A software algorithm developed at Tel Aviv University is claimed to improve speech recognition for the hard-of-hearing.
Hearing aids and cochlear implants act as tiny amplifiers so that the deaf and hard-of-hearing can make sense of voices and music. These devices also amplify background sound, so they are less effective in a noisy environment such as a busy workplace.
Prof Miriam Furst-Yust of Tel Aviv University’s School of Electrical Engineering has developed a software algorithm named Clearcall for cochlear implants and hearing aids. It is claimed to improve speech recognition for the hard-of-hearing by up to 50 per cent, by filtering out irrelevant noise.
Based on a cochlear model that she devised, the patented technology is being developed to improve the capabilities of existing cochlear implants and digital hearing aids. Adding Clearcall to current technology is quite straightforward, said Furst-Yust, and only requires adding software to existing devices.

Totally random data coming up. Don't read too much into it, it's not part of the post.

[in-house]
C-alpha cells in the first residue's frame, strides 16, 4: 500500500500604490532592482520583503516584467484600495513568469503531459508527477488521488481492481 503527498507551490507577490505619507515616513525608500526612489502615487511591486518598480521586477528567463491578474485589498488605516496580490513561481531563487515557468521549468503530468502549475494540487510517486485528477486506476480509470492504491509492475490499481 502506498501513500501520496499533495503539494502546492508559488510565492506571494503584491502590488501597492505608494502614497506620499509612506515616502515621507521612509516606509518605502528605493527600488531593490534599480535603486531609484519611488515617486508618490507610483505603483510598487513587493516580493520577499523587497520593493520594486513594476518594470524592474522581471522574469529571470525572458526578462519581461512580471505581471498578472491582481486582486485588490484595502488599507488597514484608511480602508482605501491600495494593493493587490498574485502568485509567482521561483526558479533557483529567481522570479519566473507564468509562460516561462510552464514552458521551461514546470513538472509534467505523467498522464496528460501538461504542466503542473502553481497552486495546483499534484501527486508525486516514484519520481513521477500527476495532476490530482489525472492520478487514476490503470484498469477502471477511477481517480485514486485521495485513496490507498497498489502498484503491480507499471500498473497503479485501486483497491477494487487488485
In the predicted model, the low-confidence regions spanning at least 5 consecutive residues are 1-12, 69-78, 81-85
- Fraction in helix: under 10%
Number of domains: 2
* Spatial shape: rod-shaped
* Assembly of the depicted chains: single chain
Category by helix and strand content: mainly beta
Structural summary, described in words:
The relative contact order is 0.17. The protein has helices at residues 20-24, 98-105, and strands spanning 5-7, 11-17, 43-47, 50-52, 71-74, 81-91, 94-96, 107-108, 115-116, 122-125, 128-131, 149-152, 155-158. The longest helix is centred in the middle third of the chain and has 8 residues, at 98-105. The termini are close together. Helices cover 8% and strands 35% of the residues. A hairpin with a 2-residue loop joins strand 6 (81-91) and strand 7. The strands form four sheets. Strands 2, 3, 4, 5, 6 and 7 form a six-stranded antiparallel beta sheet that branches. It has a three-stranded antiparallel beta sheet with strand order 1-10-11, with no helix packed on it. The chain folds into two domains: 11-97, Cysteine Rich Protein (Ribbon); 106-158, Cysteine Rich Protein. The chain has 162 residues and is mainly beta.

The software was originally developed for use in mobile phones, but Clearcall introduced distortions that people with healthy hearing found distracting. That is when Furst-Yust started applying the methodology to hearing aids.
Available for licencing through Tel Aviv University’s commercialisation company, Ramot, the software could become part of an existing implant or device in a matter of months.